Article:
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Celebrating the 2019 Tony Awards

By June 17, 2019 June 20th, 2019 No Comments

Every summer I make sure that one certain Sunday in June is clear of any and all conflicts: no parties, no golf outings, and most assuredly, no yard work. Dinner is done, dishes are washed, and the TV is mine for the night. Why? Because that Sunday is the night when I honker down (with my wife) and watch the Tony Awards, the dazzling celebration of live theatre on Broadway and beyond. Besides being a theatre person for over 30 years, I find that the awards and speeches always give me moments to reflect on and learn from. This year was no exception. I’d like to highlight just three of the most memorable moments that stood out to me:
• There is no age limit on excellence: Elaine May, age 87, took home the Tony for Best Featured Actress in a Play for her portrayal of Gladys Green in Kenneth Lonergan’s The Waverly Gallery. She became the second oldest person to win that award, first place still being held by Cicely Tyson for playing Carrie Watts in the 2013 The Trip to Bountiful, winning at age 88. May (and Tyson) certainly prove the old adage that a good wine gets better with age. Here, a good actress just keeps improving and improving.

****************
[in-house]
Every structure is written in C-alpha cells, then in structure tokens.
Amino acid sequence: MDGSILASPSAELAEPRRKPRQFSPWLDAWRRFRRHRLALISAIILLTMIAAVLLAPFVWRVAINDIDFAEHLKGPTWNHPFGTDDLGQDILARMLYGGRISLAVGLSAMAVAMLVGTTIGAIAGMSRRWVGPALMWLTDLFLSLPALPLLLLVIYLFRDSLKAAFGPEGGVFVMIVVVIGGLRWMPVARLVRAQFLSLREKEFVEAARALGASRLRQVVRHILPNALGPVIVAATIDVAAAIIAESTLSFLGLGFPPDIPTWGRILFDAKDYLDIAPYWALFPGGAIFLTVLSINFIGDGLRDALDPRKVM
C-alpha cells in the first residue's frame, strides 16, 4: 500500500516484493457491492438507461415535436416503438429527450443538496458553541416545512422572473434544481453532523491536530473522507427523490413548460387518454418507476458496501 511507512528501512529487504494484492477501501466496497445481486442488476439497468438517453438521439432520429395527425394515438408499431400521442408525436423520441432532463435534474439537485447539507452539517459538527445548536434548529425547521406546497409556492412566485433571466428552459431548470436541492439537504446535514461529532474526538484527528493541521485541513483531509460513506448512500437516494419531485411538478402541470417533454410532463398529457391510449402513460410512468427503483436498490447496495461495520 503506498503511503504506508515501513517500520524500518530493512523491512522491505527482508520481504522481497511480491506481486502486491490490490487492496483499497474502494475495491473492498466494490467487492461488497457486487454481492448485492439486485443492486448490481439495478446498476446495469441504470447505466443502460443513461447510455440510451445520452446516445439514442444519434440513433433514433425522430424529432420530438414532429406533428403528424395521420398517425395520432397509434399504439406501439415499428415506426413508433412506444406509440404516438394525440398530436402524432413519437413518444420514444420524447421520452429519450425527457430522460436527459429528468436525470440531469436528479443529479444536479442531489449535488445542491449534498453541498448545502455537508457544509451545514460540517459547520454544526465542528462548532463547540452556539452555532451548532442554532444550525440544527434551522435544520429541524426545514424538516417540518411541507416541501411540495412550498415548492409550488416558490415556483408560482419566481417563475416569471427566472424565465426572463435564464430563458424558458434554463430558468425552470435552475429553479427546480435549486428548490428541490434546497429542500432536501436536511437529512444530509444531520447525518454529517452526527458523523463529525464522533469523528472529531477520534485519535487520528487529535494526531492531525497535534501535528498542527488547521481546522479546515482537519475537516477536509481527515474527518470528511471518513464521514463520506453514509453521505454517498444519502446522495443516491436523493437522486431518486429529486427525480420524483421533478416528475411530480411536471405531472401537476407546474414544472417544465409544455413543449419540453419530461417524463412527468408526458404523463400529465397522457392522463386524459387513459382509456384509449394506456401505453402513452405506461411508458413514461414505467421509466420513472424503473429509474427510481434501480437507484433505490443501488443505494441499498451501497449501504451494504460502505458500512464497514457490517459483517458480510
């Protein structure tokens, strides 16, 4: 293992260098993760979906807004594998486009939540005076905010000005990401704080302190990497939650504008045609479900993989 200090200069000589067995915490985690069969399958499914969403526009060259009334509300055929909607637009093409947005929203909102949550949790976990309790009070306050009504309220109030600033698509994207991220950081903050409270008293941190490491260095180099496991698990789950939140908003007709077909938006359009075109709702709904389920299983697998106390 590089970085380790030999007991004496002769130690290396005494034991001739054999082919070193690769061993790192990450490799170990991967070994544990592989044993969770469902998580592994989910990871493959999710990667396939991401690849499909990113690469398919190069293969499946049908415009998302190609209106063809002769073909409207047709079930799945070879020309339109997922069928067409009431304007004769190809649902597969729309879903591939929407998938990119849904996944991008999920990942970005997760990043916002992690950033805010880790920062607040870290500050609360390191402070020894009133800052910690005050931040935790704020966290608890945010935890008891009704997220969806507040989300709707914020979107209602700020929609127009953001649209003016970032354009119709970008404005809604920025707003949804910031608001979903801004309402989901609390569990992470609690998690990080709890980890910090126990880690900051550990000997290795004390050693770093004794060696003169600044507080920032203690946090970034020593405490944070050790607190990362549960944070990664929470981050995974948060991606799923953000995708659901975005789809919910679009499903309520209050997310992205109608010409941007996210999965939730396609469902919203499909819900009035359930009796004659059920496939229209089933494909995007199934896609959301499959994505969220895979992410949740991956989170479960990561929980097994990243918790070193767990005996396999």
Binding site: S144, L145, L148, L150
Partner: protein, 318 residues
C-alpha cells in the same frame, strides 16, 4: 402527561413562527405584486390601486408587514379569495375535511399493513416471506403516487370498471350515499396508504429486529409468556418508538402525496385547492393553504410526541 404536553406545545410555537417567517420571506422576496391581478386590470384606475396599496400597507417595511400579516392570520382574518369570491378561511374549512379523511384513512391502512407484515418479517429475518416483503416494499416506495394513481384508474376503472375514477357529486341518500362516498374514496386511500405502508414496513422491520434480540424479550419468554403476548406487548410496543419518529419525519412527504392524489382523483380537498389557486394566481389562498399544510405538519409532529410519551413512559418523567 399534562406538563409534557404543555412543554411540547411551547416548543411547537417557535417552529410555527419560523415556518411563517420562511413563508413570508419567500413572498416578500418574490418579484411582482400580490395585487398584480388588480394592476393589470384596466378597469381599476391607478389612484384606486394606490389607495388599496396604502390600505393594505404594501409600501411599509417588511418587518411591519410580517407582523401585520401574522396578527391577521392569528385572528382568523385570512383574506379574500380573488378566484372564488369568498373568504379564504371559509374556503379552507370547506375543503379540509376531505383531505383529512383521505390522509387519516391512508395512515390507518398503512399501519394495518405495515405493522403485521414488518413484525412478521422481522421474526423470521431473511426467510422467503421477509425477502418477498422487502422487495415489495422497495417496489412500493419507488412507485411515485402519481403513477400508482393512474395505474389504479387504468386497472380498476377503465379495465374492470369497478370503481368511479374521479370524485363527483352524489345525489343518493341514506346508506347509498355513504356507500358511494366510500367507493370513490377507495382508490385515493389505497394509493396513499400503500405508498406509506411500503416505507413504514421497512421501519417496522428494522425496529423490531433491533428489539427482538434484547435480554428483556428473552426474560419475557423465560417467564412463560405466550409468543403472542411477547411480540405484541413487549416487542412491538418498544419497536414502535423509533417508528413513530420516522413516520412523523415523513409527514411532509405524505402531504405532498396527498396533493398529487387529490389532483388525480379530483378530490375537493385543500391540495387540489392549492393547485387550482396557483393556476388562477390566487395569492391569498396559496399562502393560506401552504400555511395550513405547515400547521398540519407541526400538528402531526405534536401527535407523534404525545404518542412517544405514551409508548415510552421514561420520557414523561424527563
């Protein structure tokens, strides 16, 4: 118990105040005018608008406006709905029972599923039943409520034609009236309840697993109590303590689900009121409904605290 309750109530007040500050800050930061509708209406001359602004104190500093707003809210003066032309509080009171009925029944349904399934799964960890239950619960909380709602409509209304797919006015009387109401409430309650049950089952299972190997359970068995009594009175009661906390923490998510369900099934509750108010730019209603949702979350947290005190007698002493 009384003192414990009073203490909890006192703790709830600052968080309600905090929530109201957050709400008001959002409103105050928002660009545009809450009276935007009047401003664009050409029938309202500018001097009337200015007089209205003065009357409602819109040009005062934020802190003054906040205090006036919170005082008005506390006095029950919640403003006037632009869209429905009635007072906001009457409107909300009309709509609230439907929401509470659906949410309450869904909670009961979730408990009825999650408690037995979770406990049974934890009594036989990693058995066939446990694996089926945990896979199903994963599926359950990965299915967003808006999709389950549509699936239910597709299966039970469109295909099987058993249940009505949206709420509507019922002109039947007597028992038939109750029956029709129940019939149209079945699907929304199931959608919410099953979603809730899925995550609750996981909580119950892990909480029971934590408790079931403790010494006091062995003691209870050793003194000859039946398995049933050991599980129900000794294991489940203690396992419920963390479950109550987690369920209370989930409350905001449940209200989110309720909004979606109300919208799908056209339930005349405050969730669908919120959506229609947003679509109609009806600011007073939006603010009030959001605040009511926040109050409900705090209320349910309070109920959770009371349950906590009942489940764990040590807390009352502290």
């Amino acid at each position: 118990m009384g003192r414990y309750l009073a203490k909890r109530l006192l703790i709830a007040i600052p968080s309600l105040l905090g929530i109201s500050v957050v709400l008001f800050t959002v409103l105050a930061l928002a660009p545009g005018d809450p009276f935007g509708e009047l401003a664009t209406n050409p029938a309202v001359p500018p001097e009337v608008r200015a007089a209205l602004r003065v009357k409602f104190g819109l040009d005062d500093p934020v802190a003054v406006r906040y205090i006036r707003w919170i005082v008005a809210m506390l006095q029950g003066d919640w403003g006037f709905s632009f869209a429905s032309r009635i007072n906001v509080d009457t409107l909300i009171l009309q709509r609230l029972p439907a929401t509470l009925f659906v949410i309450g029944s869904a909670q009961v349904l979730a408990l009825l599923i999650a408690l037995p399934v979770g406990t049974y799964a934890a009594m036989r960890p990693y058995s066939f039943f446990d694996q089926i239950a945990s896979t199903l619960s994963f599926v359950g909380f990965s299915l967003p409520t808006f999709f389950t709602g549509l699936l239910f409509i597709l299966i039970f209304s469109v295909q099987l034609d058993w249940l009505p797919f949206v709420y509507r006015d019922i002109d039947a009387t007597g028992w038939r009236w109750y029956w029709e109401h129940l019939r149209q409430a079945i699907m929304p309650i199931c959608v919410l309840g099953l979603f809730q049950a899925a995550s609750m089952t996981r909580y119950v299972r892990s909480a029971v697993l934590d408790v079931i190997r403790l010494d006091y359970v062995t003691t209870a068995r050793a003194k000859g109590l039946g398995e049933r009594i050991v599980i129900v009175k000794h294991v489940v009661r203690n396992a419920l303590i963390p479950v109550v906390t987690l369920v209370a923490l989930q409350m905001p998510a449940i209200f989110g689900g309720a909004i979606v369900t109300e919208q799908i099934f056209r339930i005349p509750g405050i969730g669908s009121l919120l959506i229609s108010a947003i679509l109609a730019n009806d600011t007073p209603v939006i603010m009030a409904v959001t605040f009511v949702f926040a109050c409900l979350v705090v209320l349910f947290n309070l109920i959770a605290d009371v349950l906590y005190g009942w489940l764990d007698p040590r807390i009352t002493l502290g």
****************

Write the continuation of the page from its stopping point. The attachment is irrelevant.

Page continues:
• Slowly but persistently: Andre De Shields, age 73 (another young’un) won for best featured actor in a musical, Hadestown (which also won the Tony for Best New Musical). During his acceptance speech, he articulated his three rules for longevity, rules that should resonate with anyone at any age who wants to be great at anything: 1) surround yourself with people whose eyes light up when they see you. 2) Slowly is the fastest way to get where you want to be. And 3) The top of one mountain is the bottom of the next, so keep climbing. Three powerful mantras to live by.
• She’s Just a Girl Who Won’t Say No!: The Tony Award for Best Featured Actress in a Musical went to Ali Stroker for her portrayal of Ado Annie in the Revival of Rodger and Hammerstein’s Oklahoma! This award is especially noteworthy because Stroker is the first wheel-chair using actress in a Broadway show to be nominated for a Tony – and the first to win. And if you were able to catch her gloriously fun interpretation of “I’m Just a Girl Who Can’t Say No” on the live Tony Broadcast, you could immediately see how talented and deserving she was to win this award.
Theatre people are extraordinary people. There is no 9 to 5, with a pension at the end of your 30 years. They are continually trying and testing themselves to be the very best they can be, and then be better the next time out. These three people—Elaine May, Andre De Sheilds, and Ali Stroker—are not the exceptions to the rule, but rather the examples by which all theatre people, and all successful people in general, grade themselves. It was another wonderful Sunday of reaffirming life lessons.